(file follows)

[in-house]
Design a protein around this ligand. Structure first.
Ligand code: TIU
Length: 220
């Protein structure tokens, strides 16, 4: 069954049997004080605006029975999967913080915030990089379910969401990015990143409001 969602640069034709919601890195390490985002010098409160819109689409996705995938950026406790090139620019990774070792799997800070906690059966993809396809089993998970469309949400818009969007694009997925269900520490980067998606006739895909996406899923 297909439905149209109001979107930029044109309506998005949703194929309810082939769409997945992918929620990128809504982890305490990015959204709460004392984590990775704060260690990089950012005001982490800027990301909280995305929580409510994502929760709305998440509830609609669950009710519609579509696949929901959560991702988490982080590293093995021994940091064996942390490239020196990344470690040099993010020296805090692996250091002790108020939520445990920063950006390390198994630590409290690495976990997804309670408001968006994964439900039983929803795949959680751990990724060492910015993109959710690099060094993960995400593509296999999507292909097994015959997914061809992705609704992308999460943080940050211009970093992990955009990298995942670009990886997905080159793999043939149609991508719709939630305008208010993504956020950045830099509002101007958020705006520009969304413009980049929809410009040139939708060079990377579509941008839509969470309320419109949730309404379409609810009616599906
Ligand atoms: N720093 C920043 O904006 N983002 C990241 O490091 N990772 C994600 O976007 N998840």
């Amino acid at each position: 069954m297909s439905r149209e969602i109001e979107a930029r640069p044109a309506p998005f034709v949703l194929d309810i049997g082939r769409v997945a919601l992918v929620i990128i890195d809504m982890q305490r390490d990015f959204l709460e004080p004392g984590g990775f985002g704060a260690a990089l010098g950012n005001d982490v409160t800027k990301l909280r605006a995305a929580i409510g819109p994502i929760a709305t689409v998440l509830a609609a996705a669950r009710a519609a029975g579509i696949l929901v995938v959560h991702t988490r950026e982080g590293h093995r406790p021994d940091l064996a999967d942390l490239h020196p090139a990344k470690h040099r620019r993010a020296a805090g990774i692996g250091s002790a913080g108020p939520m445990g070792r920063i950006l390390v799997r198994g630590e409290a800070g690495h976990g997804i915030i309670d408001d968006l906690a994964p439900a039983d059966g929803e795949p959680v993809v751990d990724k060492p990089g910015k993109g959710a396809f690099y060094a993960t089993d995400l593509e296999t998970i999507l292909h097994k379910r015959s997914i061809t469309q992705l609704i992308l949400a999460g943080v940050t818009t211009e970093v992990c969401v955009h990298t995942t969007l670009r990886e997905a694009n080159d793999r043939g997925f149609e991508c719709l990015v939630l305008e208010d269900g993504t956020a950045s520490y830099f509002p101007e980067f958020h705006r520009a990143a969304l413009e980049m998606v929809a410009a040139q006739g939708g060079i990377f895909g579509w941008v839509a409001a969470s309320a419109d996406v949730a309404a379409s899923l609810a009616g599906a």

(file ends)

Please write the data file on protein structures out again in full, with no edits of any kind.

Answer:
[in-house]
Design a protein around this ligand. Structure first.
Ligand code: TIU
Length: 220
């Protein structure tokens, strides 16, 4: 069954049997004080605006029975999967913080915030990089379910969401990015990143409001 969602640069034709919601890195390490985002010098409160819109689409996705995938950026406790090139620019990774070792799997800070906690059966993809396809089993998970469309949400818009969007694009997925269900520490980067998606006739895909996406899923 297909439905149209109001979107930029044109309506998005949703194929309810082939769409997945992918929620990128809504982890305490990015959204709460004392984590990775704060260690990089950012005001982490800027990301909280995305929580409510994502929760709305998440509830609609669950009710519609579509696949929901959560991702988490982080590293093995021994940091064996942390490239020196990344470690040099993010020296805090692996250091002790108020939520445990920063950006390390198994630590409290690495976990997804309670408001968006994964439900039983929803795949959680751990990724060492910015993109959710690099060094993960995400593509296999999507292909097994015959997914061809992705609704992308999460943080940050211009970093992990955009990298995942670009990886997905080159793999043939149609991508719709939630305008208010993504956020950045830099509002101007958020705006520009969304413009980049929809410009040139939708060079990377579509941008839509969470309320419109949730309404379409609810009616599906
Ligand atoms: N720093 C920043 O904006 N983002 C990241 O490091 N990772 C994600 O976007 N998840």
């Amino acid at each position: 069954m297909s439905r149209e969602i109001e979107a930029r640069p044109a309506p998005f034709v949703l194929d309810i049997g082939r769409v997945a919601l992918v929620i990128i890195d809504m982890q305490r390490d990015f959204l709460e004080p004392g984590g990775f985002g704060a260690a990089l010098g950012n005001d982490v409160t800027k990301l909280r605006a995305a929580i409510g819109p994502i929760a709305t689409v998440l509830a609609a996705a669950r009710a519609a029975g579509i696949l929901v995938v959560h991702t988490r950026e982080g590293h093995r406790p021994d940091l064996a999967d942390l490239h020196p090139a990344k470690h040099r620019r993010a020296a805090g990774i692996g250091s002790a913080g108020p939520m445990g070792r920063i950006l390390v799997r198994g630590e409290a800070g690495h976990g997804i915030i309670d408001d968006l906690a994964p439900a039983d059966g929803e795949p959680v993809v751990d990724k060492p990089g910015k993109g959710a396809f690099y060094a993960t089993d995400l593509e296999t998970i999507l292909h097994k379910r015959s997914i061809t469309q992705l609704i992308l949400a999460g943080v940050t818009t211009e970093v992990c969401v955009h990298t995942t969007l670009r990886e997905a694009n080159d793999r043939g997925f149609e991508c719709l990015v939630l305008e208010d269900g993504t956020a950045s520490y830099f509002p101007e980067f958020h705006r520009a990143a969304l413009e980049m998606v929809a410009a040139q006739g939708g060079i990377f895909g579509w941008v839509a409001a969470s309320a419109d996406v949730a309404a379409s899923l609810a009616g599906a």